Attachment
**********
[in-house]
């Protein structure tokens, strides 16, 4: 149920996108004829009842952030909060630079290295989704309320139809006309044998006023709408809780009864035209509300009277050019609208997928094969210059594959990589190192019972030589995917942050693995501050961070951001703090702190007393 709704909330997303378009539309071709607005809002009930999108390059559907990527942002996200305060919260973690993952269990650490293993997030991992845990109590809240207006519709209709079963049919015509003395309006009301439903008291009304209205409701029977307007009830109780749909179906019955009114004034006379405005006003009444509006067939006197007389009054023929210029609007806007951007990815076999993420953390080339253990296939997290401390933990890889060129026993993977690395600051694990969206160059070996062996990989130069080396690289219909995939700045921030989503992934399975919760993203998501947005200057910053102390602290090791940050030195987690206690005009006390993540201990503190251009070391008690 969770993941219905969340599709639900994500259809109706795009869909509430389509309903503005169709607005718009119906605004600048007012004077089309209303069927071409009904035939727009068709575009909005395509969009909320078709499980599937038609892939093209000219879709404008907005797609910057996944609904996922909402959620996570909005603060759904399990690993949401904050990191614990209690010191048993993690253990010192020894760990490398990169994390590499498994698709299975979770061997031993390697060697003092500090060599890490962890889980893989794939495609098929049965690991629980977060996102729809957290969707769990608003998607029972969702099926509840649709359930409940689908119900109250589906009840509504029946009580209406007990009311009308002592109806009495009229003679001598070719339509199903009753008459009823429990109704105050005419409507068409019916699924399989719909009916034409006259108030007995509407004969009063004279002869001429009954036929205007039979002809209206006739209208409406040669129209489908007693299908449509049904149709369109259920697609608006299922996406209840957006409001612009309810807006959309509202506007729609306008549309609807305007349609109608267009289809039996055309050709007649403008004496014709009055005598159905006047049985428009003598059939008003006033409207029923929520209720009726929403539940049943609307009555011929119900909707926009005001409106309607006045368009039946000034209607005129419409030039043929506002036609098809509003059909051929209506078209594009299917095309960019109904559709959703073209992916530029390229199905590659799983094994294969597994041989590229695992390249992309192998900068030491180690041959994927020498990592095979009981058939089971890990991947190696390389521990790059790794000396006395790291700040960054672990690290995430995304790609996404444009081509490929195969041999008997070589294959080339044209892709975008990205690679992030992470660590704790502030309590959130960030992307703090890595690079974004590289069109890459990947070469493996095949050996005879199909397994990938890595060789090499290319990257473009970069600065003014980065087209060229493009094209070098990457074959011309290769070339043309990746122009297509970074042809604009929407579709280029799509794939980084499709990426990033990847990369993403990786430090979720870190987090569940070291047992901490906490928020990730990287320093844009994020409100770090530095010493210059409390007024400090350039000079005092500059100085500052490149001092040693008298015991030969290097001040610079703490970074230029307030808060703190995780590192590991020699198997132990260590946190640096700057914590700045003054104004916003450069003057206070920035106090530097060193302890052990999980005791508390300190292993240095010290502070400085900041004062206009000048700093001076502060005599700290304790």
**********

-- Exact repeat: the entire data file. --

[in-house]
């Protein structure tokens, strides 16, 4: 149920996108004829009842952030909060630079290295989704309320139809006309044998006023709408809780009864035209509300009277050019609208997928094969210059594959990589190192019972030589995917942050693995501050961070951001703090702190007393 709704909330997303378009539309071709607005809002009930999108390059559907990527942002996200305060919260973690993952269990650490293993997030991992845990109590809240207006519709209709079963049919015509003395309006009301439903008291009304209205409701029977307007009830109780749909179906019955009114004034006379405005006003009444509006067939006197007389009054023929210029609007806007951007990815076999993420953390080339253990296939997290401390933990890889060129026993993977690395600051694990969206160059070996062996990989130069080396690289219909995939700045921030989503992934399975919760993203998501947005200057910053102390602290090791940050030195987690206690005009006390993540201990503190251009070391008690 969770993941219905969340599709639900994500259809109706795009869909509430389509309903503005169709607005718009119906605004600048007012004077089309209303069927071409009904035939727009068709575009909005395509969009909320078709499980599937038609892939093209000219879709404008907005797609910057996944609904996922909402959620996570909005603060759904399990690993949401904050990191614990209690010191048993993690253990010192020894760990490398990169994390590499498994698709299975979770061997031993390697060697003092500090060599890490962890889980893989794939495609098929049965690991629980977060996102729809957290969707769990608003998607029972969702099926509840649709359930409940689908119900109250589906009840509504029946009580209406007990009311009308002592109806009495009229003679001598070719339509199903009753008459009823429990109704105050005419409507068409019916699924399989719909009916034409006259108030007995509407004969009063004279002869001429009954036929205007039979002809209206006739209208409406040669129209489908007693299908449509049904149709369109259920697609608006299922996406209840957006409001612009309810807006959309509202506007729609306008549309609807305007349609109608267009289809039996055309050709007649403008004496014709009055005598159905006047049985428009003598059939008003006033409207029923929520209720009726929403539940049943609307009555011929119900909707926009005001409106309607006045368009039946000034209607005129419409030039043929506002036609098809509003059909051929209506078209594009299917095309960019109904559709959703073209992916530029390229199905590659799983094994294969597994041989590229695992390249992309192998900068030491180690041959994927020498990592095979009981058939089971890990991947190696390389521990790059790794000396006395790291700040960054672990690290995430995304790609996404444009081509490929195969041999008997070589294959080339044209892709975008990205690679992030992470660590704790502030309590959130960030992307703090890595690079974004590289069109890459990947070469493996095949050996005879199909397994990938890595060789090499290319990257473009970069600065003014980065087209060229493009094209070098990457074959011309290769070339043309990746122009297509970074042809604009929407579709280029799509794939980084499709990426990033990847990369993403990786430090979720870190987090569940070291047992901490906490928020990730990287320093844009994020409100770090530095010493210059409390007024400090350039000079005092500059100085500052490149001092040693008298015991030969290097001040610079703490970074230029307030808060703190995780590192590991020699198997132990260590946190640096700057914590700045003054104004916003450069003057206070920035106090530097060193302890052990999980005791508390300190292993240095010290502070400085900041004062206009000048700093001076502060005599700290304790």